Maybe I am just still reeling from a colleague talking about “Uberifying” as a adjective to some of the intended mechanism of the code he is writing. I mean I was shaken – I know he was reaching for a explanation of what he is trying to achieve (which I didn’t get already we got distracted by other needs to discuss today), but he honestly intended or hoped that I would infer from that use a specific meaning of process approximate to a level of technological invention. Shocked that my senior by some years, alum U.Ill. into the bargain, would be so sloppy, I knee jerked with a attack on Chicago style economics supporting Uber obviously being a way for auto manufacturers to stealthily stalk legislation changes to enable fast track driverless cars by another route, being to make people so mad in general at the whole politics of drivers that drivers for hire cars are outlawed, just so we don’t have to read about their fights or the billions spent on lobbying, any more…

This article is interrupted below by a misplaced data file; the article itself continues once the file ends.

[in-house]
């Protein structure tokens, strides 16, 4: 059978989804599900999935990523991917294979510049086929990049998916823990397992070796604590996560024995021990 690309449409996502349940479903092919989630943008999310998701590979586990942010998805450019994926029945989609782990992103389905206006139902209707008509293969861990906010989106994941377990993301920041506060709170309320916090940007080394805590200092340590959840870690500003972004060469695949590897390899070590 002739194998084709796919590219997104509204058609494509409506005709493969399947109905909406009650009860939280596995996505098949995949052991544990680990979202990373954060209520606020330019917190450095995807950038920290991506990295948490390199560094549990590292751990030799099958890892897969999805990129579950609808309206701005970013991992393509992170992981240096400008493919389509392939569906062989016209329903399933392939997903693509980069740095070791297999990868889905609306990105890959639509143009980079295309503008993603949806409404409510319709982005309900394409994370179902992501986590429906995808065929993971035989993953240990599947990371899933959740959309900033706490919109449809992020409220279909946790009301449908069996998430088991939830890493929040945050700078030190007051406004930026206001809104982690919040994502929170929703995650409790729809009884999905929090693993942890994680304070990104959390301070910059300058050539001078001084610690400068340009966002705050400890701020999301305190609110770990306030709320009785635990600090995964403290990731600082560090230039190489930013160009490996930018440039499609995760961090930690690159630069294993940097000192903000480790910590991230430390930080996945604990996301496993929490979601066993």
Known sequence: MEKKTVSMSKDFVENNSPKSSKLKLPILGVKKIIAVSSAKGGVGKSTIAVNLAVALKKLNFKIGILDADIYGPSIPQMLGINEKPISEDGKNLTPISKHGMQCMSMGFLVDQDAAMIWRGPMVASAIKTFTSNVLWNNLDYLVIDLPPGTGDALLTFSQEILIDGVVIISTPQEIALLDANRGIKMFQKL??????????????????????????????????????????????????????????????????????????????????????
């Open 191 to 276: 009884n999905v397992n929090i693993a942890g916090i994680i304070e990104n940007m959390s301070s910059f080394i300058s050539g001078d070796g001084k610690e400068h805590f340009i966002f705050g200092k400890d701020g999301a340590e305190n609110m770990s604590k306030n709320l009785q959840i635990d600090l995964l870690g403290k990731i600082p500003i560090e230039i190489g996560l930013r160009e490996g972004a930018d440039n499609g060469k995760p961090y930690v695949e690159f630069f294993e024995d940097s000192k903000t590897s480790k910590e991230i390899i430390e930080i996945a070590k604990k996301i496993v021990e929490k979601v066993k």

Thanks for your blogs, always appreciated, Robin! The more so, the less time I can keep within any sight of your subjects.

I keep grinding my teeth that one of the things we have to do to get this economy moving (I’m a Brit and in London, but my links are far better connected to the US, also economically*) is to do whatever it takes to generate a real IPO market. London has forever been loosening rules. How come we put Russian mining giants with almost no free float stock, straight onto not only the LSE main list, but even the main FTSE index? And our AIM market may be organised, but it comes across like the pink sheets if they were run by well connected (socially rather than business) old school brits with plum accents. We do at least have a 3yrs of profits rule, for new main list entrants to the main market, but you can get off the shelf balance sheet stuffing bolt-ons and make that hurdle, if you have any kind of decent “accountant”.**

I know SOX is the most cited deterrent for listing in the US.

So why is Companies Act 2006 in the UK, not cited equally? It too makes hundreds of far more modest offences criminal and subject to imprisonment on summary trial. Moreover summary trial means not a jury trial, not even necessarily a senior judge. (And there are wide and longstanding complaints form within the judiciary about lack of specialist abilities and capacity to try cases.)

I think that that juxtaposition almost demands a comparative study, along that axis.